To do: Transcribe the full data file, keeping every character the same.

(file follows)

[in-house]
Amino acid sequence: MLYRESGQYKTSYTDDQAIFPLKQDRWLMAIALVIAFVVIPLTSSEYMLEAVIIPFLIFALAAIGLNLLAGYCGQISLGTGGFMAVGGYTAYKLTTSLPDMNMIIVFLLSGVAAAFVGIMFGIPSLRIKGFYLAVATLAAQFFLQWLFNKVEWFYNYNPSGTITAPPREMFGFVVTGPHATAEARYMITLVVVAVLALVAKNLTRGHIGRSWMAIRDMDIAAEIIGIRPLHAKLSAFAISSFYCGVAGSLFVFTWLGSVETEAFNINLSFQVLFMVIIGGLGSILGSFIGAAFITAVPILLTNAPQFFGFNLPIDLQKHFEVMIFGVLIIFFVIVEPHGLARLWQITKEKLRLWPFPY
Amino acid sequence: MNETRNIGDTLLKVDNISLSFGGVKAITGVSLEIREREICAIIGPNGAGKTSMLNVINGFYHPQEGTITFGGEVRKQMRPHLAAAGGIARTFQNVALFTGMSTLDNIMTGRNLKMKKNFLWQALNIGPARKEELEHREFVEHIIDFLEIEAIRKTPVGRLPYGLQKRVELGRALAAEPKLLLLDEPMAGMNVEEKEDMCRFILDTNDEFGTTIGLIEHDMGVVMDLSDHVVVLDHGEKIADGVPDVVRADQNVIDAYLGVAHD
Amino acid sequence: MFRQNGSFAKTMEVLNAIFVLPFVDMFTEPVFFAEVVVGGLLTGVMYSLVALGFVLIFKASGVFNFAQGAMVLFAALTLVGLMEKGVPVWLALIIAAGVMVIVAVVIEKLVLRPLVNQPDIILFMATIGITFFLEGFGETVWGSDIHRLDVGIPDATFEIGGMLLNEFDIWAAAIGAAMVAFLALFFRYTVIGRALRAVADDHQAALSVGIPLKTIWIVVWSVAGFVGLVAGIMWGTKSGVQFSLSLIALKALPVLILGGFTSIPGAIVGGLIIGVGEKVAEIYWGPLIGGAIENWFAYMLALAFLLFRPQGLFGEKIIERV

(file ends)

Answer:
[in-house]
Amino acid sequence: MLYRESGQYKTSYTDDQAIFPLKQDRWLMAIALVIAFVVIPLTSSEYMLEAVIIPFLIFALAAIGLNLLAGYCGQISLGTGGFMAVGGYTAYKLTTSLPDMNMIIVFLLSGVAAAFVGIMFGIPSLRIKGFYLAVATLAAQFFLQWLFNKVEWFYNYNPSGTITAPPREMFGFVVTGPHATAEARYMITLVVVAVLALVAKNLTRGHIGRSWMAIRDMDIAAEIIGIRPLHAKLSAFAISSFYCGVAGSLFVFTWLGSVETEAFNINLSFQVLFMVIIGGLGSILGSFIGAAFITAVPILLTNAPQFFGFNLPIDLQKHFEVMIFGVLIIFFVIVEPHGLARLWQITKEKLRLWPFPY
Amino acid sequence: MNETRNIGDTLLKVDNISLSFGGVKAITGVSLEIREREICAIIGPNGAGKTSMLNVINGFYHPQEGTITFGGEVRKQMRPHLAAAGGIARTFQNVALFTGMSTLDNIMTGRNLKMKKNFLWQALNIGPARKEELEHREFVEHIIDFLEIEAIRKTPVGRLPYGLQKRVELGRALAAEPKLLLLDEPMAGMNVEEKEDMCRFILDTNDEFGTTIGLIEHDMGVVMDLSDHVVVLDHGEKIADGVPDVVRADQNVIDAYLGVAHD
Amino acid sequence: MFRQNGSFAKTMEVLNAIFVLPFVDMFTEPVFFAEVVVGGLLTGVMYSLVALGFVLIFKASGVFNFAQGAMVLFAALTLVGLMEKGVPVWLALIIAAGVMVIVAVVIEKLVLRPLVNQPDIILFMATIGITFFLEGFGETVWGSDIHRLDVGIPDATFEIGGMLLNEFDIWAAAIGAAMVAFLALFFRYTVIGRALRAVADDHQAALSVGIPLKTIWIVVWSVAGFVGLVAGIMWGTKSGVQFSLSLIALKALPVLILGGFTSIPGAIVGGLIIGVGEKVAEIYWGPLIGGAIENWFAYMLALAFLLFRPQGLFGEKIIERV